Religious Ethics

The Religious Ethics Area is concerned with the meaning, merits, and validity of religion for the lives of human and non-human animals and the ordering of societies and ecosystems. As such, the Area addresses problems of the good life, justice, and the common good. Study in the history, methods, and theories of religious and non-religious ethics is essential to work in the area. All students are encouraged to pursue work in pertinent areas of the University outside of the Divinity School.  For example, the examination of specific moral problems and the study of comparative religious ethics require work in the relevant languages as well as in the social, natural, and historical sciences or in the professions.


Sarah E. FredericksStephen C. Meredith, Richard B. MillerMartha C. Nussbaum, William Schweiker

NB: Information pertains to all students accepted in 2017 and forward. Current doctoral students may opt to take the exams listed below. 

Students admitted prior to 2017 may take Comprehensive Exams from the previous RETH reading lists and instructions, which can be found here (PDF).

Statement of Written and Oral Qualifying Examinations

A student concentrating in Religious Ethics will take three written examinations in the Area, one outside of the Area, and write a paper, all of which are to be defended at the oral examination.   Students are required to take Religious Ethics I: Religious and Theological Ethics, and Religious Ethics II: Moral Theory and Philosophical Ethics. Students are to choose one examination among the remaining four examinations and one elective examination outside the Area.  The elective examination may be selected from outside the Divinity School with the approval of the Area faculty. 

A student concentrating in Religious Ethics will submit for the oral examination a 20-25 page paper which typically engages at least one major thinker, relevant primary materials, and also important secondary scholarship with respect to a question pertinent to the student’s scholarly aspirations. This paper should have a thesis in light of which the student explicates and assesses the thinker(s) chosen and should advance, through that engagement, a defense of the thesis. The paper should be distributed to examiners at least two weeks prior to the oral examination.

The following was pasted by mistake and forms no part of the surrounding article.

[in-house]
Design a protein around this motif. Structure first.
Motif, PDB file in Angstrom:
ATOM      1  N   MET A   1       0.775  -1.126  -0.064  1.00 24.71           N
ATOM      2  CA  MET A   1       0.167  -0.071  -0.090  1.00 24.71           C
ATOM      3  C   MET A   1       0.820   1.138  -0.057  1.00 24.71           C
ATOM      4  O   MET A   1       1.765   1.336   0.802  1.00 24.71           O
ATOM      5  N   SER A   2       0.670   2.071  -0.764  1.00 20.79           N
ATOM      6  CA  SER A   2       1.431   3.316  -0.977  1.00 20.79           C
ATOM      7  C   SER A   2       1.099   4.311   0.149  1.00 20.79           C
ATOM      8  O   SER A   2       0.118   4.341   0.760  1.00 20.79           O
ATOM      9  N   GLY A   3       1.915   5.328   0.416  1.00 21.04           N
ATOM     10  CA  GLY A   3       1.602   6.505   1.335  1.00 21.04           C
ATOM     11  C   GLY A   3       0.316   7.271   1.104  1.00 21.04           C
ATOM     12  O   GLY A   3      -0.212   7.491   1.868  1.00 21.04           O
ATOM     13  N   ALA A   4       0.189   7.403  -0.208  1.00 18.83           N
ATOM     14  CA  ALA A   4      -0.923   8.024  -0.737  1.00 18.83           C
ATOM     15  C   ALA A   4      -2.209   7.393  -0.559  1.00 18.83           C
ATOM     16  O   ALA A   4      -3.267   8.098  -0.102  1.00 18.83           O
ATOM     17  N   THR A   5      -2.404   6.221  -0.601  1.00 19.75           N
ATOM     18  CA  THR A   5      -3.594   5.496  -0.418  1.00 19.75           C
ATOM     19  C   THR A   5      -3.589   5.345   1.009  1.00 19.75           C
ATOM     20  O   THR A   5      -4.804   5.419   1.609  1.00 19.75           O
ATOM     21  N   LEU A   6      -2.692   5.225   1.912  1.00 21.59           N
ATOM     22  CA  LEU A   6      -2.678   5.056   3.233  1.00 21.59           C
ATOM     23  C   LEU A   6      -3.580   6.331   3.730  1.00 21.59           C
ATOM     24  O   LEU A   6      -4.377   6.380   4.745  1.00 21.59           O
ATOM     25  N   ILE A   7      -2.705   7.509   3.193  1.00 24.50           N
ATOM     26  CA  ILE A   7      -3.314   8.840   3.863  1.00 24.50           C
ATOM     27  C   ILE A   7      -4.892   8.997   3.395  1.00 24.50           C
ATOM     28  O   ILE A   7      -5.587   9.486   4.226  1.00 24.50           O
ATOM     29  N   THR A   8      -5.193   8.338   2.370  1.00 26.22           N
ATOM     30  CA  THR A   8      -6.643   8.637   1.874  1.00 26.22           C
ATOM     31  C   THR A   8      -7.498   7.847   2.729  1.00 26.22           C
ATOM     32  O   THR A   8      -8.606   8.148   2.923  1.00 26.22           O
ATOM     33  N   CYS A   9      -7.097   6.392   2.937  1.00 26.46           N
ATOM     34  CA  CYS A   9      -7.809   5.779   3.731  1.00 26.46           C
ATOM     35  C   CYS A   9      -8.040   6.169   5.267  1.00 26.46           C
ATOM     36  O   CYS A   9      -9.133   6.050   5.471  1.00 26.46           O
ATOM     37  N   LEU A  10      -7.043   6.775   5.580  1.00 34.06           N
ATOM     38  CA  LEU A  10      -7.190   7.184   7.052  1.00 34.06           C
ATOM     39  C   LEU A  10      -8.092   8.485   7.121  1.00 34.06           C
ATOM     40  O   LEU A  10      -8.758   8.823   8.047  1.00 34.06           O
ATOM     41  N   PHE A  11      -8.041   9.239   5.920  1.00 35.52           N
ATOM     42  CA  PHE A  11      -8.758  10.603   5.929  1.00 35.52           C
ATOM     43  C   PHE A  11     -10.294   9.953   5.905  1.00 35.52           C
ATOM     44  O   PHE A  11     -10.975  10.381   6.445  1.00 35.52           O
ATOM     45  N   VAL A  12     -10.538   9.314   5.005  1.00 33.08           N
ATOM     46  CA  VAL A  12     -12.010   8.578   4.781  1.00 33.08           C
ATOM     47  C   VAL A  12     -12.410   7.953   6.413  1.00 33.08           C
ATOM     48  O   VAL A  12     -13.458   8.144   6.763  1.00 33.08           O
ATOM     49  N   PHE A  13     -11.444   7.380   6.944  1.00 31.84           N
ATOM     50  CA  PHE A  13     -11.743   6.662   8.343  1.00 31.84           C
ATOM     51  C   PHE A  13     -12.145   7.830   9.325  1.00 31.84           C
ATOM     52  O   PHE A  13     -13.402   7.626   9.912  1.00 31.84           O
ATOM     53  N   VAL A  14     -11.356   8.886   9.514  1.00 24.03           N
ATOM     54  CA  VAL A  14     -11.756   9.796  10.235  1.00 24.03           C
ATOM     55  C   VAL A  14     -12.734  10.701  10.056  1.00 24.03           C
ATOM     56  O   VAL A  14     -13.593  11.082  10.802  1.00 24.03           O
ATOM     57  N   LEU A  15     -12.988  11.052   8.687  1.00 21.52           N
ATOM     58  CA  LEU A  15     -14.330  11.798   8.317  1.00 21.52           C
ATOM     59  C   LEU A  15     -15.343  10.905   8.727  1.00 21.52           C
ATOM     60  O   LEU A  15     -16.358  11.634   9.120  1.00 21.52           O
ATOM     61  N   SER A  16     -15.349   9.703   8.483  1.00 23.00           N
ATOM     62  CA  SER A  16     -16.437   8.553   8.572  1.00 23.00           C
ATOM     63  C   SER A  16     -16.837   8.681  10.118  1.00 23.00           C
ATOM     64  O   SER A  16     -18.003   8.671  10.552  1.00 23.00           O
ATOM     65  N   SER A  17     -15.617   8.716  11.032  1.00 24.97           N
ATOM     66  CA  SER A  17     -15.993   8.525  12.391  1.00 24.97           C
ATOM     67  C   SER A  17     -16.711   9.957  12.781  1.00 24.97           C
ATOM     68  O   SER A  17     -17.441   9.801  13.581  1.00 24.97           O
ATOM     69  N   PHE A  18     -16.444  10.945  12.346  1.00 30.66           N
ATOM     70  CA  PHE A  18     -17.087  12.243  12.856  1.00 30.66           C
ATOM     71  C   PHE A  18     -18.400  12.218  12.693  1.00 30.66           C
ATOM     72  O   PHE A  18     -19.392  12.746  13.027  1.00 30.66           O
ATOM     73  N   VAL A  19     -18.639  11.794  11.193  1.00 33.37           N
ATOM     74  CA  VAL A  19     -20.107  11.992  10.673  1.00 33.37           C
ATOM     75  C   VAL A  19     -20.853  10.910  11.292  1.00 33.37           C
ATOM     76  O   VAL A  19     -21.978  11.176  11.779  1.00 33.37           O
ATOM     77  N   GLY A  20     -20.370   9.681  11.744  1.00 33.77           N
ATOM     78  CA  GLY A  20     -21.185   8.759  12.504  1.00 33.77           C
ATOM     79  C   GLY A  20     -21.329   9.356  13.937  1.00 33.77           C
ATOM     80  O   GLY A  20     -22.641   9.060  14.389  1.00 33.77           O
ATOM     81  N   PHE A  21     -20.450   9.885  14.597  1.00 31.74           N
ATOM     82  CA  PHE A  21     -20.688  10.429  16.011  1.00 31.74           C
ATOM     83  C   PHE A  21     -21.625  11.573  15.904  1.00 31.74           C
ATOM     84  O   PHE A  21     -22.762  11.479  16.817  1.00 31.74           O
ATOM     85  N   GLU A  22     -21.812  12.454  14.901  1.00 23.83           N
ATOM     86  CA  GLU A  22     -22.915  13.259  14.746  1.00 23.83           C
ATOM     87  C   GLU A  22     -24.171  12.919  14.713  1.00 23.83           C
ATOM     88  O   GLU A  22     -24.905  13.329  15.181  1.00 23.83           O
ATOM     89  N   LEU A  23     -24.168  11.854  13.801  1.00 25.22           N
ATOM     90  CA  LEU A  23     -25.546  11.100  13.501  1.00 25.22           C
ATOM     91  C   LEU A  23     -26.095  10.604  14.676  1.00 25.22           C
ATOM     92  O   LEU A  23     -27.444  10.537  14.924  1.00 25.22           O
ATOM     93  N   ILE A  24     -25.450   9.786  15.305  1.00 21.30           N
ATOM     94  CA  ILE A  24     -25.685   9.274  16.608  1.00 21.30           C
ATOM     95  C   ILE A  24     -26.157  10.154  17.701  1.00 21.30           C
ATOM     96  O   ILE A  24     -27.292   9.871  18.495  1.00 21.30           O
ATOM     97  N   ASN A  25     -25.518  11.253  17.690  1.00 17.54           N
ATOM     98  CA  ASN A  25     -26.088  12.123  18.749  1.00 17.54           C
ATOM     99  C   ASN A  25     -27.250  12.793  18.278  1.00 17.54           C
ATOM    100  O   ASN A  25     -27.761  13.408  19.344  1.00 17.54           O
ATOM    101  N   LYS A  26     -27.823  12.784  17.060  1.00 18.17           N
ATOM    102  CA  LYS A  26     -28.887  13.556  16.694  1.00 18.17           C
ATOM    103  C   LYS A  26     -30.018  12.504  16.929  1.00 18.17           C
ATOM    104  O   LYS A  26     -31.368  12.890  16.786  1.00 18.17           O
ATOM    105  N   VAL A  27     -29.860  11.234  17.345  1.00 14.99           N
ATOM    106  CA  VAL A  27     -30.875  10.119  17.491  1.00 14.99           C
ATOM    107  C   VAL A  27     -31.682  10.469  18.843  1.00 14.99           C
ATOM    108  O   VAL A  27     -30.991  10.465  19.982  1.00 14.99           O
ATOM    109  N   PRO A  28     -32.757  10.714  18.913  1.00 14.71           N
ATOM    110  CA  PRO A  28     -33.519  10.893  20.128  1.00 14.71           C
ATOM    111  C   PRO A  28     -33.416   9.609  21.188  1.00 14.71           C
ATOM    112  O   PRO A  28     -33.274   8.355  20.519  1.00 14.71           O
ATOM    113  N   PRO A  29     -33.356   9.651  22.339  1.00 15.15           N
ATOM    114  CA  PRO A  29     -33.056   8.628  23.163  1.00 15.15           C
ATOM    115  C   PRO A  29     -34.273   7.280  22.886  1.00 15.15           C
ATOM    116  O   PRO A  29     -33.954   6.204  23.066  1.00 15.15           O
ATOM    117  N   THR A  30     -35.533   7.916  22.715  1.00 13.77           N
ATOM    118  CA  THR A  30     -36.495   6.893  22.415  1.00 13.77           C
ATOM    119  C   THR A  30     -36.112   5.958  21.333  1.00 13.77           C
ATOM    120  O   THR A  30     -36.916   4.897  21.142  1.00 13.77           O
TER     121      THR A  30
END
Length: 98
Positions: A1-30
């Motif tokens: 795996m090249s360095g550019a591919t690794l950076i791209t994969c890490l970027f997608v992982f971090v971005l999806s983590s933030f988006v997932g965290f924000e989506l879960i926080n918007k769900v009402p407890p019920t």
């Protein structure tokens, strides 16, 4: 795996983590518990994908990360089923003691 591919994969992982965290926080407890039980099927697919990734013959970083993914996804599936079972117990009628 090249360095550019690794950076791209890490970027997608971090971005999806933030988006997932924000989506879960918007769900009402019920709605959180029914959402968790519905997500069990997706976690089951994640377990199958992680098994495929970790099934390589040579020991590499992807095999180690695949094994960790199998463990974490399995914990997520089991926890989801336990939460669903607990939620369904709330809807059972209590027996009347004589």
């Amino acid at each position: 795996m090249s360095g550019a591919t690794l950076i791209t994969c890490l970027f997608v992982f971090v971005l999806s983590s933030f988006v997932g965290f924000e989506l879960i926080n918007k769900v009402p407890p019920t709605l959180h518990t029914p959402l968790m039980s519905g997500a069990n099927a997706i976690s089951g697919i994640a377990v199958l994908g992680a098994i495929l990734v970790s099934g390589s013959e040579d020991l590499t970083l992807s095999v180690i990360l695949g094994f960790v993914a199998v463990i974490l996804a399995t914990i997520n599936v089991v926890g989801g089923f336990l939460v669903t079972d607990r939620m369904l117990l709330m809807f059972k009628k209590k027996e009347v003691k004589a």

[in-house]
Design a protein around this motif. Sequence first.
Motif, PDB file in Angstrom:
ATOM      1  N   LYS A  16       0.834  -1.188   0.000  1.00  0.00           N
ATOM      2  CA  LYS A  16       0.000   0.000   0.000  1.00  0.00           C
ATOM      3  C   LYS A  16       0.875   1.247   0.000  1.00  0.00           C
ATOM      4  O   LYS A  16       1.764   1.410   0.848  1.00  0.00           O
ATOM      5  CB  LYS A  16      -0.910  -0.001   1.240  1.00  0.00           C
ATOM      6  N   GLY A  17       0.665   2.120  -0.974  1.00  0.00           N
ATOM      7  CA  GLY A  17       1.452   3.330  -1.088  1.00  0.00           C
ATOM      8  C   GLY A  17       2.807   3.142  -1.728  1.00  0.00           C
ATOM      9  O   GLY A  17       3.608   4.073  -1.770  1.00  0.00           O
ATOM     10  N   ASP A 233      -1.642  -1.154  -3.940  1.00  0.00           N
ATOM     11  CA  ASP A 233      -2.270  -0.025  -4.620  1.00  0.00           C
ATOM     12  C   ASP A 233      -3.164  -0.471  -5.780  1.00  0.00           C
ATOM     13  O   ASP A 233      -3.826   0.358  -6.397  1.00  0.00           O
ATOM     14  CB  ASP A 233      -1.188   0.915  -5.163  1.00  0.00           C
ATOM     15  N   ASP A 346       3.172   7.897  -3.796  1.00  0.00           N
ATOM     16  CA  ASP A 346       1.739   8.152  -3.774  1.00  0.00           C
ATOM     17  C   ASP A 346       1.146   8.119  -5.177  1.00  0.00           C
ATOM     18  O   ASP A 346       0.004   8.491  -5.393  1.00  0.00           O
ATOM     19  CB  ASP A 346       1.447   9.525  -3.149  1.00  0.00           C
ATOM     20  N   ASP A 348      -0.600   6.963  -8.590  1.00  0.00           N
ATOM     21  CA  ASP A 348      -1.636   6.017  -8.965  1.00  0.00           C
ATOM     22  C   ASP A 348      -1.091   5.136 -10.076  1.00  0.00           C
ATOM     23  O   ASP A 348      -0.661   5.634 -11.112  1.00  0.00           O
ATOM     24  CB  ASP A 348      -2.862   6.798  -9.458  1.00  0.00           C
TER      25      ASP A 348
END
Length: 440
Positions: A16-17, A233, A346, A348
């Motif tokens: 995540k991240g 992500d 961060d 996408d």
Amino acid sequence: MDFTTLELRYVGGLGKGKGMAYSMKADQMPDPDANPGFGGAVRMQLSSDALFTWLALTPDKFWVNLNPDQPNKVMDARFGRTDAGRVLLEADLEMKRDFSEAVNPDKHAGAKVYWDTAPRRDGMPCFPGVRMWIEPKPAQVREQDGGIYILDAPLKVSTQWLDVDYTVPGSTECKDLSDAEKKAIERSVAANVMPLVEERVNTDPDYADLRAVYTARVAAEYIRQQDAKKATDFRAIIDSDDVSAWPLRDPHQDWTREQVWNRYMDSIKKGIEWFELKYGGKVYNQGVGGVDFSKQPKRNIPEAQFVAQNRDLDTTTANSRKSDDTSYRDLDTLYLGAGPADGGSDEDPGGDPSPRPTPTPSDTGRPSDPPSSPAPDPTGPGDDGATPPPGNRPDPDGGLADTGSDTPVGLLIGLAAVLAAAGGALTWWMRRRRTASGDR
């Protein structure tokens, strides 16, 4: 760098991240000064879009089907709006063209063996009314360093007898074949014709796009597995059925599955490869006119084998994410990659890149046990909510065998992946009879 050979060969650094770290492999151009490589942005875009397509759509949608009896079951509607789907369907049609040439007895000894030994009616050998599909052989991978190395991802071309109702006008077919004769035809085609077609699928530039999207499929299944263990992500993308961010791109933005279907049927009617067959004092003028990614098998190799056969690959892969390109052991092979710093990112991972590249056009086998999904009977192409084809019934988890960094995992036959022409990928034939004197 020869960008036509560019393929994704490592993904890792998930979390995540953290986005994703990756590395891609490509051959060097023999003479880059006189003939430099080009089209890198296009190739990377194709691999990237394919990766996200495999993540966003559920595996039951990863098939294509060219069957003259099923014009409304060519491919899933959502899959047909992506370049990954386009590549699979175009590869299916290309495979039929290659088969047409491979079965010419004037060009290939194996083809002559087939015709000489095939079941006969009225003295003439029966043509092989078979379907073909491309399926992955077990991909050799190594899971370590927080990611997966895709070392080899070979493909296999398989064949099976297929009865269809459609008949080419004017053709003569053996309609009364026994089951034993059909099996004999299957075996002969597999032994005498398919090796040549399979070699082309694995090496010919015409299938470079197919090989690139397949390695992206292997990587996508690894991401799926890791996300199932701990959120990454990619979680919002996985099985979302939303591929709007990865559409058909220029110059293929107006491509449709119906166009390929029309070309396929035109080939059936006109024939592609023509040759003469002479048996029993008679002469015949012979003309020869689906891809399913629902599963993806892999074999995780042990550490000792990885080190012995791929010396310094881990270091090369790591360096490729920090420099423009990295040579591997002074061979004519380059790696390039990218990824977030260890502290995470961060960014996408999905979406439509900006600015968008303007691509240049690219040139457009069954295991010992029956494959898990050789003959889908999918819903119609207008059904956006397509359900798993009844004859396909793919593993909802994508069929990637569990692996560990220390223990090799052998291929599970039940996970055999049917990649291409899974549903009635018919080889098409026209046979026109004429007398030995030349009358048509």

The distinctive business of the oral examination is to engage the submitted paper and pursue other lines of inquiry, especially, but not limited to, the written examinations.


Each written examination is four hours long, closed book.   The oral examination is two hours long.   Successful completion of the Qualifying Examinations requires passing grades on the written examinations, the research paper, and the oral examination. 

Qualifying Examinations in Religious Ethics and Faculty Supervisors

Each exam will be drafted by two members of the Religious Ethics faculty and will be read by all full-time faculty members in the Religious Ethics area for the student’s oral defense.   Students applying to the Area through an internal petition and students who are drafting their program of study are to have both faculty supervisors overseeing each examination sign off on their forms.   Faculty who oversee the drafting of the Qualifying Examinations are:

Selected Religious Ethics Courses

This list is a sample of courses offered in this area and is for informational purposes only. For current and upcoming courses, visit

RETH 30600 Introduction to Theological Ethics. Schweiker
RETH 30802 Contemporary Religious Ethics I and 30803, II.  Miller
RETH 31100 History of Theological Ethics I and 31200, Part II. Schweiker
RETH 31500 The Letters of Cicero and Seneca. Nussbaum
RETH 32000 Religion and Political Liberalism. Nussbaum
RETH 36002 The Ethics of War: Foundational Texts. Miller
RETH 40200 Beyond Morality: Nietzsche and Kierkegaard. Schweiker
RETH 41000 Feminist Philosophy. Nussbaum
RETH 41300 Modern Roman Catholic Moral Theology. Schweiker
RETH 41500 Decision Making: Principles and Foundations. Nussbaum
RETH 42500 Anger and Hatred in the Western Philosophic Tradition. Nussbaum
RETH 42604 Collective Guilt, Shame, and Responsibility. Fredericks
RETH 42802 Rights and Justice.  Miller
RETH 43302 The Ethics of Belief. Miller
RETH 44000 Methods and Theories in Comparative Religious Ethics. Schweiker
RETH 44802 Contemporary Social and Political Ethics. Miller
RETH 45102 Religion, Medicine, and Ethics. Miller
RETH 45502 Religion and the Political Order. Miller
RETH 46600 Self, World, Other: The Thought of Paul Tillich. Schweiker
RETH 50315 Amartya Sen’s Philosophical Work. Nussbaum
RETH 51204 Sustainability. Fredericks
RETH 51802 Climate Change Ethics. Fredericks
RETH 52104 Augustine, Kierkegaard, and the Problem of Love. Miller